History of the Filipino Cuisine

More than 300 years ago, long before Spanish conquistadores staggered down their ships to kiss the shores of the islands, Filipinos were rowing out to sea in their little bancas, wading knee-deep in rice paddies, planting in their backyards and hunting in the woods. Whatever they gathered and caught they simply roasted, boiled or broiled over an open fire. The forests were abundant and the surrounding waters teeming with life; the Filipinos' idea of food included everything nature had to offer. Preferably seafood. Preferably fresh. Squirming, leaping, crawling-out-of-the-cooking-pot fresh.

Foreign trade during those times was healthy and a good deal less complicated than today. The Malaysians, Indonesians, Arabians, Indians, and Chinese brought all sorts of spices and food plants to the islands. Some of them stayed and raised families here, and handed down cooking methods which the natives used to improve their own methods.

Filipino cuisine is much like the Filipino himself: a mixture of different cultures, Eastern and Western, that forms one unique culture that is like yet unlike those that preceded it. Throughout the centuries foreigners came, as traders or conquerors, and brought with them their tastes and cooking styles, which the Filipinos adapted to their own essentially Malayan cuisine.

The Chinese Influence

From the Chinese we have the whole noodle business: pancit miki, pancit bihon, pancit Canton, pancit sotanghon. But the Filipinos have completely imbued the dishes with their own flair, and now there is a different kind of pancit for almost every region on the Philippines. Other Chinese-inspired dishes, such as lumpia, kikiam, siopao, and siomai, have been absorbed into the Filipino way of life. They are part of Filipino diet, even today.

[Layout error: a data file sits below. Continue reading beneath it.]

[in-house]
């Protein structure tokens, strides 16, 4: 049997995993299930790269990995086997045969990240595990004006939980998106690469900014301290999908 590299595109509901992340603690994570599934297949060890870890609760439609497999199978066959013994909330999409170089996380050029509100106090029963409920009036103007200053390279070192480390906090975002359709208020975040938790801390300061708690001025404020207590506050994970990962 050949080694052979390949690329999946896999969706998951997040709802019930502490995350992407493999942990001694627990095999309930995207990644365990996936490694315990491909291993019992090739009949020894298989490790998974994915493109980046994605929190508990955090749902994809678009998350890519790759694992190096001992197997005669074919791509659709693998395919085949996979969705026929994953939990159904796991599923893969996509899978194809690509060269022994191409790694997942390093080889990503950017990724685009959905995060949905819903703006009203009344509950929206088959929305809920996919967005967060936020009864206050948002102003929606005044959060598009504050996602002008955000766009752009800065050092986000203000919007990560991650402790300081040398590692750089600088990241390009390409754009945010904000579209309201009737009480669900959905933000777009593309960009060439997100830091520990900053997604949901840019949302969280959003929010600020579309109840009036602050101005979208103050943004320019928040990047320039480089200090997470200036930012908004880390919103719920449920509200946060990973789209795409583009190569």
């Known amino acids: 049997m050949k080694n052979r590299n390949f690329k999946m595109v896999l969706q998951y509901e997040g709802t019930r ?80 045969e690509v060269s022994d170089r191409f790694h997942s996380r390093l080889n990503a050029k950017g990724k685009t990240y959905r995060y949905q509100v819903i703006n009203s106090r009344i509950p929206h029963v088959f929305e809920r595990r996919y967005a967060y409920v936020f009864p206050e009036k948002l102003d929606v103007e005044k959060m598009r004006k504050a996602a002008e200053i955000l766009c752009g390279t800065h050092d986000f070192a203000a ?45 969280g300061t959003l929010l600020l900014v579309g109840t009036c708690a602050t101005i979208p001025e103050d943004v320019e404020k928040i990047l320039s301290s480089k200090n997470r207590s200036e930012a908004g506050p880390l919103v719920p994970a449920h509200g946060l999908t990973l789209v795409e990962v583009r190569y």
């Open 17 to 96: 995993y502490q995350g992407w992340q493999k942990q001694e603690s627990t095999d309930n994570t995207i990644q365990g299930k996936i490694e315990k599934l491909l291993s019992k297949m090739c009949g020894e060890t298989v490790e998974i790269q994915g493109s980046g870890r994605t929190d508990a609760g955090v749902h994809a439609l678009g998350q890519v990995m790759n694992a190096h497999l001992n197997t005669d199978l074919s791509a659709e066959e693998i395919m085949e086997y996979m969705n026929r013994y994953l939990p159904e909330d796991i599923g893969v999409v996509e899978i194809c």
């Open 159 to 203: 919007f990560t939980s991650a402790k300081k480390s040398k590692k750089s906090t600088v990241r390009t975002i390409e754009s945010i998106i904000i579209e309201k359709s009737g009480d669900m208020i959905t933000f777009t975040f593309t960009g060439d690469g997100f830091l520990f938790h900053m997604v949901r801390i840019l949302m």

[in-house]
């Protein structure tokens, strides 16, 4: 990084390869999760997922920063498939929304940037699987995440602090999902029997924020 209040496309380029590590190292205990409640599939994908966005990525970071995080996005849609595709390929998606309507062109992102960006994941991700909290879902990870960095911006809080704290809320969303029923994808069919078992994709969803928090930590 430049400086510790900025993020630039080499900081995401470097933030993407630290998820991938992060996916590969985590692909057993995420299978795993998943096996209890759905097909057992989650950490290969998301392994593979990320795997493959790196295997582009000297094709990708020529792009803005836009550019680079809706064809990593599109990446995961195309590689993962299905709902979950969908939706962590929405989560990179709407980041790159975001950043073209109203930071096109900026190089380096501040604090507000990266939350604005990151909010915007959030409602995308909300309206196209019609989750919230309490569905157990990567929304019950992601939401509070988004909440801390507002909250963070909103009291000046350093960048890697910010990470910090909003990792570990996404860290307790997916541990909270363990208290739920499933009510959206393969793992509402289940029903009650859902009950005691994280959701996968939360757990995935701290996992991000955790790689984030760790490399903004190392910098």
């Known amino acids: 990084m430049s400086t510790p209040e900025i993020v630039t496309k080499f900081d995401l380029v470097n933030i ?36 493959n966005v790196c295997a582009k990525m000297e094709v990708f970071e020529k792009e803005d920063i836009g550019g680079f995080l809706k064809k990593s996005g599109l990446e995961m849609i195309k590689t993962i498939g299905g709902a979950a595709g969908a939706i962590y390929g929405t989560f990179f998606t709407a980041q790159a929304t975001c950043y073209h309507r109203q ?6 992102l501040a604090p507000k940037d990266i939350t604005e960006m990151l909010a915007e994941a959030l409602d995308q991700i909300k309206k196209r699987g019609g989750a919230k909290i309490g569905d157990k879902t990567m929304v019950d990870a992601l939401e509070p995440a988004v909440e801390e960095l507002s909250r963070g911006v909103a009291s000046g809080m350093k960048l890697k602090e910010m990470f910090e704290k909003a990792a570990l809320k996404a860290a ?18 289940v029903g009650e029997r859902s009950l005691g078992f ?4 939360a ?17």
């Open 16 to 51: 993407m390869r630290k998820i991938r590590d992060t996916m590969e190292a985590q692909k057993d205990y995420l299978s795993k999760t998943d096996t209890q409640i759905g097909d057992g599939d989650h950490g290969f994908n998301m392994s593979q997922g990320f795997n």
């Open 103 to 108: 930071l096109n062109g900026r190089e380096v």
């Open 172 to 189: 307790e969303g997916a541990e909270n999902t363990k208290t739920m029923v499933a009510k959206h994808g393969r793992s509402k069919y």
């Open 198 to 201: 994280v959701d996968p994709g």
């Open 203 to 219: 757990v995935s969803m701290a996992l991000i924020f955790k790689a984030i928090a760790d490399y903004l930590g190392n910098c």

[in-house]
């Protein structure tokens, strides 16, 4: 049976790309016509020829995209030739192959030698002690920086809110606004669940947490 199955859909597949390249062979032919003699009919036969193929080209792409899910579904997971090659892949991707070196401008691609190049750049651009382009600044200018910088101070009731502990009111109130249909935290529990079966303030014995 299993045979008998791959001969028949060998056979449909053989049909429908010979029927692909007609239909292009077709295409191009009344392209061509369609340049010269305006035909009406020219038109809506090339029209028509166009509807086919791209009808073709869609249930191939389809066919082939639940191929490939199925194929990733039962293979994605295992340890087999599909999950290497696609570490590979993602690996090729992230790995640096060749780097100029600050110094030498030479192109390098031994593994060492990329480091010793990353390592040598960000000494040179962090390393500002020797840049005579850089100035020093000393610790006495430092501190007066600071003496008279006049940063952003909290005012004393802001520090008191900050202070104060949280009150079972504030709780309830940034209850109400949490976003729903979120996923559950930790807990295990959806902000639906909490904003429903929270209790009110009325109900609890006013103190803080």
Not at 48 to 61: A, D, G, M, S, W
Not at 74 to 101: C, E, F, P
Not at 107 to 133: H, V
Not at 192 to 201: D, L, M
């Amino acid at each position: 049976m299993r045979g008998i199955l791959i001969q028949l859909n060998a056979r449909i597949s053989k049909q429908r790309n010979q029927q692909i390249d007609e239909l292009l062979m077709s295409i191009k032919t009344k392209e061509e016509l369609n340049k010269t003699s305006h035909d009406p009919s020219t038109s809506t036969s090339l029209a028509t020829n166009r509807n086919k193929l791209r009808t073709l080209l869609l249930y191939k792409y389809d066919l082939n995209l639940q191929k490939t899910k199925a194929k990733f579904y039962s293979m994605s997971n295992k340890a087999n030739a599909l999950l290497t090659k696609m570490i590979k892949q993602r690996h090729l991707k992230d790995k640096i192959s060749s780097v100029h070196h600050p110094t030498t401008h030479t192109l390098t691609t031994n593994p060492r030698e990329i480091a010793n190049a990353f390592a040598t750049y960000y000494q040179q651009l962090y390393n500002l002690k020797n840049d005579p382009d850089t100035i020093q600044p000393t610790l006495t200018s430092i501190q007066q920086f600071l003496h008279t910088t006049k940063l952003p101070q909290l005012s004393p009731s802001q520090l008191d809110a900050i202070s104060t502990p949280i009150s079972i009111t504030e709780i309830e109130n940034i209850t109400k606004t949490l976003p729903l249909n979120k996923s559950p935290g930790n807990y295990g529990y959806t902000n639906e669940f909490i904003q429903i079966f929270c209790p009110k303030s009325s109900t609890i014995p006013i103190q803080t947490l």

The Spanish Influence

Three hundred years of preparing dinner for Mother Spain gave us a flair for rich food, the way Europeans prepare it. Stews such as the cocido and puchero, rice-meat dishes and elaborate desserts such as brazos, and tortas imperiales are generally considered fiesta food, and most often found on the dining tables of the upper classes.

The American influence

Sure, they brought us kitchen conveniences like the refrigerator, the pressure cooker, the oven toaster and the microwave. They also gave us burgers, salads, and pies which we baked with native fruits. But though we absorbed so much of their culture in their 50-year colonization, American cooking is only now becoming part of Philippine cuisine. Through their fastfood joints, we indirectly tasted spaghetti and pizza. But somehow we wanted these to taste sweet, not sour as the Italians intended them to be.

See also